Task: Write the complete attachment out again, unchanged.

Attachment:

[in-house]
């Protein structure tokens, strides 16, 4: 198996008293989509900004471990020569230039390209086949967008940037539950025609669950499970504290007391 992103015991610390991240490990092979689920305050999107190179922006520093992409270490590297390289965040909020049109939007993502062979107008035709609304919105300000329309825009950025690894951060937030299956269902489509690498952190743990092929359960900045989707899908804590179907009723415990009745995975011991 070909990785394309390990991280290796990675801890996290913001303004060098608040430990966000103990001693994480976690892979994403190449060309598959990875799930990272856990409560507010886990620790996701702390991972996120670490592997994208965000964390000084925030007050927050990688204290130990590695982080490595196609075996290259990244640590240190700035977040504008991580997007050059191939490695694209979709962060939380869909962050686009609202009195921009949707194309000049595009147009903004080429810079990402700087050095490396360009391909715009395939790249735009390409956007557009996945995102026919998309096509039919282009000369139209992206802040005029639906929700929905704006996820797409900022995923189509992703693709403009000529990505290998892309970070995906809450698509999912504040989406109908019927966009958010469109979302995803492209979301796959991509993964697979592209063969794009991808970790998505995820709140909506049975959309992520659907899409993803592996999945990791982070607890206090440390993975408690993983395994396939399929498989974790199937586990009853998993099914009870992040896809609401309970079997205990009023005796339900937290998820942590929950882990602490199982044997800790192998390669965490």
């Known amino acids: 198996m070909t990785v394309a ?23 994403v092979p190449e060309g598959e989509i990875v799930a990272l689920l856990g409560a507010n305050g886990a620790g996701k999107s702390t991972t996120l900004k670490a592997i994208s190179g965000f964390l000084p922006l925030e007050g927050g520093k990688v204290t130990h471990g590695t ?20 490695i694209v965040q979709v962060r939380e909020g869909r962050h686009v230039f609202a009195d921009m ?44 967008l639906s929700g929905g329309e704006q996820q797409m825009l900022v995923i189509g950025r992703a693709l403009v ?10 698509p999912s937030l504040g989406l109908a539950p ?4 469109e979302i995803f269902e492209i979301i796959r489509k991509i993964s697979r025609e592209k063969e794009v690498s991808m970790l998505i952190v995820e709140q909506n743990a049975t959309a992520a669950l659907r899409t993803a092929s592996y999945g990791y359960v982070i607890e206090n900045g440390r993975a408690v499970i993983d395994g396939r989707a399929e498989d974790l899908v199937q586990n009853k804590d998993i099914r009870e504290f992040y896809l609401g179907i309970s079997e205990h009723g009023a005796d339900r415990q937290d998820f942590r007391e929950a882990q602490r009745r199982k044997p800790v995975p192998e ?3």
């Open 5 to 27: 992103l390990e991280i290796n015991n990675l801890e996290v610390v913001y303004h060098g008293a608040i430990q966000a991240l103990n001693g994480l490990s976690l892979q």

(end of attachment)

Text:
[in-house]
């Protein structure tokens, strides 16, 4: 198996008293989509900004471990020569230039390209086949967008940037539950025609669950499970504290007391 992103015991610390991240490990092979689920305050999107190179922006520093992409270490590297390289965040909020049109939007993502062979107008035709609304919105300000329309825009950025690894951060937030299956269902489509690498952190743990092929359960900045989707899908804590179907009723415990009745995975011991 070909990785394309390990991280290796990675801890996290913001303004060098608040430990966000103990001693994480976690892979994403190449060309598959990875799930990272856990409560507010886990620790996701702390991972996120670490592997994208965000964390000084925030007050927050990688204290130990590695982080490595196609075996290259990244640590240190700035977040504008991580997007050059191939490695694209979709962060939380869909962050686009609202009195921009949707194309000049595009147009903004080429810079990402700087050095490396360009391909715009395939790249735009390409956007557009996945995102026919998309096509039919282009000369139209992206802040005029639906929700929905704006996820797409900022995923189509992703693709403009000529990505290998892309970070995906809450698509999912504040989406109908019927966009958010469109979302995803492209979301796959991509993964697979592209063969794009991808970790998505995820709140909506049975959309992520659907899409993803592996999945990791982070607890206090440390993975408690993983395994396939399929498989974790199937586990009853998993099914009870992040896809609401309970079997205990009023005796339900937290998820942590929950882990602490199982044997800790192998390669965490």
């Known amino acids: 198996m070909t990785v394309a ?23 994403v092979p190449e060309g598959e989509i990875v799930a990272l689920l856990g409560a507010n305050g886990a620790g996701k999107s702390t991972t996120l900004k670490a592997i994208s190179g965000f964390l000084p922006l925030e007050g927050g520093k990688v204290t130990h471990g590695t ?20 490695i694209v965040q979709v962060r939380e909020g869909r962050h686009v230039f609202a009195d921009m ?44 967008l639906s929700g929905g329309e704006q996820q797409m825009l900022v995923i189509g950025r992703a693709l403009v ?10 698509p999912s937030l504040g989406l109908a539950p ?4 469109e979302i995803f269902e492209i979301i796959r489509k991509i993964s697979r025609e592209k063969e794009v690498s991808m970790l998505i952190v995820e709140q909506n743990a049975t959309a992520a669950l659907r899409t993803a092929s592996y999945g990791y359960v982070i607890e206090n900045g440390r993975a408690v499970i993983d395994g396939r989707a399929e498989d974790l899908v199937q586990n009853k804590d998993i099914r009870e504290f992040y896809l609401g179907i309970s079997e205990h009723g009023a005796d339900r415990q937290d998820f942590r007391e929950a882990q602490r009745r199982k044997p800790v995975p192998e ?3």
């Open 5 to 27: 992103l390990e991280i290796n015991n990675l801890e996290v610390v913001y303004h060098g008293a608040i430990q966000a991240l103990n001693g994480l490990s976690l892979q």